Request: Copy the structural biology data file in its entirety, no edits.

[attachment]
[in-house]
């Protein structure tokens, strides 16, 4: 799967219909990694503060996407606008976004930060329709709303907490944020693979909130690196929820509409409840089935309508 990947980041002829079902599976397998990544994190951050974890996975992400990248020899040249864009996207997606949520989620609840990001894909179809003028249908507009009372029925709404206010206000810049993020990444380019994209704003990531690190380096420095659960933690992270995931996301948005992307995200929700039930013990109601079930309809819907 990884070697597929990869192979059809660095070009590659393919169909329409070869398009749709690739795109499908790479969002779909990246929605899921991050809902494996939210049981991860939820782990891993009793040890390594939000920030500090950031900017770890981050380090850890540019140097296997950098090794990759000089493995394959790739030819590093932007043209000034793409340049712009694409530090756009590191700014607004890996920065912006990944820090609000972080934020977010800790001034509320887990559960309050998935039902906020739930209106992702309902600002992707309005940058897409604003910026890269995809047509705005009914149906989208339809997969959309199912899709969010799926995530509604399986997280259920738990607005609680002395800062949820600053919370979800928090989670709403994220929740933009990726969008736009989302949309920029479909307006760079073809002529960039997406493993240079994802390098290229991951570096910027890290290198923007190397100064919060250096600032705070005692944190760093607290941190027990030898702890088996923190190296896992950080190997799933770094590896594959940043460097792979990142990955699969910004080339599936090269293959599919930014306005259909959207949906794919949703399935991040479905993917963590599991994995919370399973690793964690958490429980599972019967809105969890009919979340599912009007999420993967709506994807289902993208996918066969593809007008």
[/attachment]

[in-house]
């Protein structure tokens, strides 16, 4: 799967219909990694503060996407606008976004930060329709709303907490944020693979909130690196929820509409409840089935309508 990947980041002829079902599976397998990544994190951050974890996975992400990248020899040249864009996207997606949520989620609840990001894909179809003028249908507009009372029925709404206010206000810049993020990444380019994209704003990531690190380096420095659960933690992270995931996301948005992307995200929700039930013990109601079930309809819907 990884070697597929990869192979059809660095070009590659393919169909329409070869398009749709690739795109499908790479969002779909990246929605899921991050809902494996939210049981991860939820782990891993009793040890390594939000920030500090950031900017770890981050380090850890540019140097296997950098090794990759000089493995394959790739030819590093932007043209000034793409340049712009694409530090756009590191700014607004890996920065912006990944820090609000972080934020977010800790001034509320887990559960309050998935039902906020739930209106992702309902600002992707309005940058897409604003910026890269995809047509705005009914149906989208339809997969959309199912899709969010799926995530509604399986997280259920738990607005609680002395800062949820600053919370979800928090989670709403994220929740933009990726969008736009989302949309920029479909307006760079073809002529960039997406493993240079994802390098290229991951570096910027890290290198923007190397100064919060250096600032705070005692944190760093607290941190027990030898702890088996923190190296896992950080190997799933770094590896594959940043460097792979990142990955699969910004080339599936090269293959599919930014306005259909959207949906794919949703399935991040479905993917963590599991994995919370399973690793964690958490429980599972019967809105969890009919979340599912009007999420993967709506994807289902993208996918066969593809007008």